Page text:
The 8th of March marks International Women's Day across the world. Launched for the first time in 1910, it has become a day where we reflect and celebrate the achievements of women across the economic, political and social spheres. At a glance, women have come far. Less than 100 years ago women were deprived of the vote in Britain, sharply contrasting with today's society where people like Angela Merkel and Hillary Clinton are household names in politics.
As the figure of women advances in society, so too do our education systems and opportunities in employment. The rail industry has transformed beyond recognition. Advancing in leaps and bounds, gone are the days of steam power, greasy overalls and an entirely male workforce. Today women are playing an increasingly important role and leading the way in every aspect of the industry, from apprentice engineer to head of fleet, customer service advisor to people director, depot manager to continuous improvement leader, planning analyst to finance business partner, to name a few.
However, Women in Rail's recent Industry Survey uncovered that just 16% of the workforce in rail is female, at a time when our sector is going through a period of exponential growth most industries would envy.
So, in honour of International Women's Day, I want to remind everyone of some of the many fantastic women who contribute to make rail such a great sector to work in, and have been inspirational to the entire industry. To do so, I asked a few of rail's most influential women questions about the lessons they have learnt from their career and their advice to women hoping to enter the industry and move up the ladder.
I spoke with Anna Walker, former Chair at the Office of Rail Regulation, Wilma Allan, Chief Financial Officer at Govia Thameslink Railway, Karen Boswell, Managing Director of Hitachi Rail UK, Dyan Crowther, Chief Operating Officer at Govia Thameslink Railway and Maggie Simpson, Executive Director at Rail Freight Group.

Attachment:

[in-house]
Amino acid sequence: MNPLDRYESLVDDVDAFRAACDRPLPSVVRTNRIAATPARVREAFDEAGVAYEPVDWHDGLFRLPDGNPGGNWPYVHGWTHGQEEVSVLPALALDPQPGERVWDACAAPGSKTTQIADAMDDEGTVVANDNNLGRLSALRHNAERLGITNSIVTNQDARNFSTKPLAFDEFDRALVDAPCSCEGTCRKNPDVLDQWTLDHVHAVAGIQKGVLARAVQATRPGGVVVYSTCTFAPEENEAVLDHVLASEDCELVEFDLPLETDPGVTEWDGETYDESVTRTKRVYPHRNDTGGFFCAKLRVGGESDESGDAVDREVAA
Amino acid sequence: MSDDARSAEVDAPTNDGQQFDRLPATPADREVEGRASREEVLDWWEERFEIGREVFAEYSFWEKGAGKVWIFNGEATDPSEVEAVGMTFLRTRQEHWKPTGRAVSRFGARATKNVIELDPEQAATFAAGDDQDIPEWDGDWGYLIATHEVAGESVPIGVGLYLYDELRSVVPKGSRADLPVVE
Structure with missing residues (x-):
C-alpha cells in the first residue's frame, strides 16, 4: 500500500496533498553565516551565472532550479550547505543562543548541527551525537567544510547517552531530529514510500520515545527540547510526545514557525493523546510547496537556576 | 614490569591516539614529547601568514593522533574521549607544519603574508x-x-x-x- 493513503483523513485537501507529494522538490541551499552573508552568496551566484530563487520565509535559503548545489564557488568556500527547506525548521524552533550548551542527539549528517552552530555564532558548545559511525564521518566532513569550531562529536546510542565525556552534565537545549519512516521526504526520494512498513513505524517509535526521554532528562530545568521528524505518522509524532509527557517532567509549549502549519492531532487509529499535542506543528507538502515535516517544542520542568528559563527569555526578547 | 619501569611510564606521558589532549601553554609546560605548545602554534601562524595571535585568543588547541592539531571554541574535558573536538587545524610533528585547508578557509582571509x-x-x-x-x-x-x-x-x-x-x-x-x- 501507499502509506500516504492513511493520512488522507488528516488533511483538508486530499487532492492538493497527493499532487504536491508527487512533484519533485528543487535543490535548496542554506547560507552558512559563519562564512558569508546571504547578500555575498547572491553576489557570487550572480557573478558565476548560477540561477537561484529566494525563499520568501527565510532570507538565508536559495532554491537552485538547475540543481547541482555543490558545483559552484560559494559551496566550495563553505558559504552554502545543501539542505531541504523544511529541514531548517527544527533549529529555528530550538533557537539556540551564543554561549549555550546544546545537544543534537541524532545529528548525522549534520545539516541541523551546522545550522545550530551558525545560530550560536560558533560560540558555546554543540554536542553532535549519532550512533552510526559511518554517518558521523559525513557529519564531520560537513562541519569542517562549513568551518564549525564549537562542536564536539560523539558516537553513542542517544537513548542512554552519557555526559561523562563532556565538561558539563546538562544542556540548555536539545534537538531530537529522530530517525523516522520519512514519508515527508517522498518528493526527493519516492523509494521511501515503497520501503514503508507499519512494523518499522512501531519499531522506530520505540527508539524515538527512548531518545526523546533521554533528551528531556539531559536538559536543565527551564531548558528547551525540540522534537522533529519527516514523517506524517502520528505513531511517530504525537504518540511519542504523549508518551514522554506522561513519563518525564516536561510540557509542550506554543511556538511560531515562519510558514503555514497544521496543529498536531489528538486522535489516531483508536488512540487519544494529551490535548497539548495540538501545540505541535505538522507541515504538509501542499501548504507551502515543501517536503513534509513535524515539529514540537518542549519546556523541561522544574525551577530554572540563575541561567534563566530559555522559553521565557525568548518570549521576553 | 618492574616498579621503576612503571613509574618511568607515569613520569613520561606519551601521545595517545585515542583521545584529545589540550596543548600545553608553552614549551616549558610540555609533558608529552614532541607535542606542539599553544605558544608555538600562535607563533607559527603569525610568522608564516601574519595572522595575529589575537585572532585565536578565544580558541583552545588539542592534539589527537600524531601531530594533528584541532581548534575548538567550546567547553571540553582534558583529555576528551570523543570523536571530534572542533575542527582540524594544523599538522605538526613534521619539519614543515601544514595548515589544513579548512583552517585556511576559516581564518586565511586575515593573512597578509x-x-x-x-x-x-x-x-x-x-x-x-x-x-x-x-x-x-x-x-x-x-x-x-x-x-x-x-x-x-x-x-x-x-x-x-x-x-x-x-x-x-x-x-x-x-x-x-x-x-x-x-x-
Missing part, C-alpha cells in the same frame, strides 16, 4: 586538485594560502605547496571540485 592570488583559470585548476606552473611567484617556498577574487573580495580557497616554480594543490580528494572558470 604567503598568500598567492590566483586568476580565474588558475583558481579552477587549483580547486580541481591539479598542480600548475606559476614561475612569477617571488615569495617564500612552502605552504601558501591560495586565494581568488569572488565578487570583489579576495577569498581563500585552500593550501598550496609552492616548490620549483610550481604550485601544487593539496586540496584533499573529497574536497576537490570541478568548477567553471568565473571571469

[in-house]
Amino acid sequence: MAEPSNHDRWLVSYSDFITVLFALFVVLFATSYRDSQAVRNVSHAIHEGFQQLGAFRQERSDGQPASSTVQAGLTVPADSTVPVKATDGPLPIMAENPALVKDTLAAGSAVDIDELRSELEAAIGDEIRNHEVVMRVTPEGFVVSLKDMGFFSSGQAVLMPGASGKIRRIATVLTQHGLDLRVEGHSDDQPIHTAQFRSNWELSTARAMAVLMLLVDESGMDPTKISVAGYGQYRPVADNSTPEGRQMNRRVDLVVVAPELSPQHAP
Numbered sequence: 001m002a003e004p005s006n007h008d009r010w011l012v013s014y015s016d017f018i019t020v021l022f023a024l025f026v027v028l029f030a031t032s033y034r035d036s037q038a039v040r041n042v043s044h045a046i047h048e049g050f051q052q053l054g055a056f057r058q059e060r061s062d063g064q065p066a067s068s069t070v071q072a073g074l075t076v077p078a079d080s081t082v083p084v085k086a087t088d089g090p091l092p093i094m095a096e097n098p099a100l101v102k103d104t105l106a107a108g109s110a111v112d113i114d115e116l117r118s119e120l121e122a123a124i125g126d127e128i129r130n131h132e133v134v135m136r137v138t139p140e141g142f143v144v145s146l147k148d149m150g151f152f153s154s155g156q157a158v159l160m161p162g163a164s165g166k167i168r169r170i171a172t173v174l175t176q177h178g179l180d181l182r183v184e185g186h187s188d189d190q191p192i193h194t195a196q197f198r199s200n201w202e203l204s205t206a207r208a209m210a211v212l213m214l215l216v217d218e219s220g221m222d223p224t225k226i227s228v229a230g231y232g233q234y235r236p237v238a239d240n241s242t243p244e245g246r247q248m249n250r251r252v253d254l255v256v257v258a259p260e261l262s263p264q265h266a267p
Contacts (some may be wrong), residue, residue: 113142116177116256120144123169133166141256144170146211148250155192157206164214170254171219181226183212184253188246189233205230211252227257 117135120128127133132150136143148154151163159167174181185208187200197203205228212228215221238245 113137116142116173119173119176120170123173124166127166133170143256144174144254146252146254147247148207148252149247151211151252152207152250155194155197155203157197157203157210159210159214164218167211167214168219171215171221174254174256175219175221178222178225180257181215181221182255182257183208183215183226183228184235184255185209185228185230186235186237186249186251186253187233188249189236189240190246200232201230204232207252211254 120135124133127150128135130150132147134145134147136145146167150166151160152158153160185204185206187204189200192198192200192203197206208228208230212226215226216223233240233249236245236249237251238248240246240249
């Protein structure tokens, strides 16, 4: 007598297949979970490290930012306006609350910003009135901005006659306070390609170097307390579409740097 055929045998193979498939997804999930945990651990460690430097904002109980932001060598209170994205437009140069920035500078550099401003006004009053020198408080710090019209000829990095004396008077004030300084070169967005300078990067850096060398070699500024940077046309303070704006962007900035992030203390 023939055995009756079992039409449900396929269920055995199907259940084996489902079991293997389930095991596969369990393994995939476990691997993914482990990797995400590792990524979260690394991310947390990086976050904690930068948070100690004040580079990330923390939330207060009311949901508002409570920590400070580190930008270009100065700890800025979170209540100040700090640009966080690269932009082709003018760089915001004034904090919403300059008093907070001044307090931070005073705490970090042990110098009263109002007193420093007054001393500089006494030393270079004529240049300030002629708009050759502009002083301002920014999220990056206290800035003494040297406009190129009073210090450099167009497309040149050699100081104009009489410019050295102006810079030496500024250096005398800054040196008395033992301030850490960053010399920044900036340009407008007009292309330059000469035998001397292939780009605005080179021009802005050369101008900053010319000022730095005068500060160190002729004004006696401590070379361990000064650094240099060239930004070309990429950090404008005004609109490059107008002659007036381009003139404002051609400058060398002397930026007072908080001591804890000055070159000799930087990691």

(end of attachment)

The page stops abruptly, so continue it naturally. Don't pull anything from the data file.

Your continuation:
The first thing I asked them was about the difficulties that they had faced in their day to day careers. Their answers were almost unanimous: overall their main obstacle has been overcoming their own lack of self-confidence and balancing their career with family life.
Dyan stated: "Sometimes people, men essentially, assume I'm the PA rather than the boss!" She remedies these prejudices by always assuming people don't know who she is: "Don't be afraid to make yourself stand out!" After all, as Karen states: "As a woman you live more under the microscope than a man," so you might as well be known!
So, as such successful women, what career advice would they give to anyone hoping to succeed? This is particularly crucial in an industry that sees just 0.6% of women in a senior role (Women in Rail, Industry Survey, 2015). Anna states: "Focus on what really matters to you, go for a job which enthuses you regardless of the title given to you." Maggie added "Sometimes you just have to do it and bugger the consequences. You have to believe everything will fall into place."
Finally, I wanted to know, as a woman at the top, what has been the most rewarding thing about their career? Their answers were exceptionally similar: all involved using their experience to help mentor others. Wilma nicely summed the shared sentiment, "The quiet knowledge that I helped someone succeed in realising their career potential, both for men and women, is what gives me real satisfaction."
So, on this day as we celebrate 105 years of women's achievements, it is apparent that although we have come so far, there remains work to be done to achieve true equality in the rail industry and wider business.
Both have much to gain from this shift - studies have shown time and time again that companies with a more diverse workforce are more successful. The statistics speak for themselves here: companies with more women on their boards outperform their rivals with a 42% higher return in sales, 66% higher return on invested capital and 53% higher return on equity.
International Women's Day presents the opportunity to celebrate female trail blazers, women who have climbed the career ladder and are now actively extending the rungs down to the rest of us and also those who are working with us and supporting us in doing so. So if you find yourself at a career crossroads, perhaps take a moment to ponder their advice and ask yourself, what is truly important to you in your next career step and how might you blaze a trail of your own?